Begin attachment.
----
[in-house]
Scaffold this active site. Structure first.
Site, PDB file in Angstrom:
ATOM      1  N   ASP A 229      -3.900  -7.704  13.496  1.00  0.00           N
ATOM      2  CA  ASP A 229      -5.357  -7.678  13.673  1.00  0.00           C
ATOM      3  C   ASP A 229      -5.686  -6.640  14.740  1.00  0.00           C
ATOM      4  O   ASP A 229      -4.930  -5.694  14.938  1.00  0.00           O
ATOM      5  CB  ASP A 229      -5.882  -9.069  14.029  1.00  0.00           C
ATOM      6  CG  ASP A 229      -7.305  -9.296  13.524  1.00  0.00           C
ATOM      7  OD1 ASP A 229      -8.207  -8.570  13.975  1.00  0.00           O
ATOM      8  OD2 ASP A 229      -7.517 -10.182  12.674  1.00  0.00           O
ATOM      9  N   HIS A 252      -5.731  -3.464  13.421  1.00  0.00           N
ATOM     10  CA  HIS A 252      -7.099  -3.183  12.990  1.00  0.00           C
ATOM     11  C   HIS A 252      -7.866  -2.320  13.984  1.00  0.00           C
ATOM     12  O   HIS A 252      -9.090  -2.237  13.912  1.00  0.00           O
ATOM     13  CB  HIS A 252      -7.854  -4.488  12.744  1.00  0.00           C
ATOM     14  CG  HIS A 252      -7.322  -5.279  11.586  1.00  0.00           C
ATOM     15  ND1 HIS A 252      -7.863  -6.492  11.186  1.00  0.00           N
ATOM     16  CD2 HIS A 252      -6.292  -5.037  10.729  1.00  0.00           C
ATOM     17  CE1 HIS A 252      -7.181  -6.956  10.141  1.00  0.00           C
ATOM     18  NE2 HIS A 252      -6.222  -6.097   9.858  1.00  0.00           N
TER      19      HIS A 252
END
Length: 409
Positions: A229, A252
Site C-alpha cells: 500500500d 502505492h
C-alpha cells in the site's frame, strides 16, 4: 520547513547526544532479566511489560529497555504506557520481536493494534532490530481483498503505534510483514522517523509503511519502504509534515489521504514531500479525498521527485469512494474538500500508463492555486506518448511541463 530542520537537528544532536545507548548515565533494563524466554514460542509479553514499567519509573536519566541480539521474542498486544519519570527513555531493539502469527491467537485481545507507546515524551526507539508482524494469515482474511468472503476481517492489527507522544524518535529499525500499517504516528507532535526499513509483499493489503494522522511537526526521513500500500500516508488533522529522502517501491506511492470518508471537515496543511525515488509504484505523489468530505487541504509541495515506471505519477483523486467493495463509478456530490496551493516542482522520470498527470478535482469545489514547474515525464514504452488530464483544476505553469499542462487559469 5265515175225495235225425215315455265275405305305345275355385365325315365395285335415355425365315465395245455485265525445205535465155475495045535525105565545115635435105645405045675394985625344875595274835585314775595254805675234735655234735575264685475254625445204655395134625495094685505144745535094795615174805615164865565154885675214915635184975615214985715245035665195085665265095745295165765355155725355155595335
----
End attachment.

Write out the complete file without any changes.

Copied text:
[in-house]
Scaffold this active site. Structure first.
Site, PDB file in Angstrom:
ATOM      1  N   ASP A 229      -3.900  -7.704  13.496  1.00  0.00           N
ATOM      2  CA  ASP A 229      -5.357  -7.678  13.673  1.00  0.00           C
ATOM      3  C   ASP A 229      -5.686  -6.640  14.740  1.00  0.00           C
ATOM      4  O   ASP A 229      -4.930  -5.694  14.938  1.00  0.00           O
ATOM      5  CB  ASP A 229      -5.882  -9.069  14.029  1.00  0.00           C
ATOM      6  CG  ASP A 229      -7.305  -9.296  13.524  1.00  0.00           C
ATOM      7  OD1 ASP A 229      -8.207  -8.570  13.975  1.00  0.00           O
ATOM      8  OD2 ASP A 229      -7.517 -10.182  12.674  1.00  0.00           O
ATOM      9  N   HIS A 252      -5.731  -3.464  13.421  1.00  0.00           N
ATOM     10  CA  HIS A 252      -7.099  -3.183  12.990  1.00  0.00           C
ATOM     11  C   HIS A 252      -7.866  -2.320  13.984  1.00  0.00           C
ATOM     12  O   HIS A 252      -9.090  -2.237  13.912  1.00  0.00           O
ATOM     13  CB  HIS A 252      -7.854  -4.488  12.744  1.00  0.00           C
ATOM     14  CG  HIS A 252      -7.322  -5.279  11.586  1.00  0.00           C
ATOM     15  ND1 HIS A 252      -7.863  -6.492  11.186  1.00  0.00           N
ATOM     16  CD2 HIS A 252      -6.292  -5.037  10.729  1.00  0.00           C
ATOM     17  CE1 HIS A 252      -7.181  -6.956  10.141  1.00  0.00           C
ATOM     18  NE2 HIS A 252      -6.222  -6.097   9.858  1.00  0.00           N
TER      19      HIS A 252
END
Length: 409
Positions: A229, A252
Site C-alpha cells: 500500500d 502505492h
C-alpha cells in the site's frame, strides 16, 4: 520547513547526544532479566511489560529497555504506557520481536493494534532490530481483498503505534510483514522517523509503511519502504509534515489521504514531500479525498521527485469512494474538500500508463492555486506518448511541463 530542520537537528544532536545507548548515565533494563524466554514460542509479553514499567519509573536519566541480539521474542498486544519519570527513555531493539502469527491467537485481545507507546515524551526507539508482524494469515482474511468472503476481517492489527507522544524518535529499525500499517504516528507532535526499513509483499493489503494522522511537526526521513500500500500516508488533522529522502517501491506511492470518508471537515496543511525515488509504484505523489468530505487541504509541495515506471505519477483523486467493495463509478456530490496551493516542482522520470498527470478535482469545489514547474515525464514504452488530464483544476505553469499542462487559469 5265515175225495235225425215315455265275405305305345275355385365325315365395285335415355425365315465395245455485265525445205535465155475495045535525105565545115635435105645405045675394985625344875595274835585314775595254805675234735655234735575264685475254625445204655395134625495094685505144745535094795615174805615164865565154885675214915635184975615214985715245035665195085665265095745295165765355155725355155595335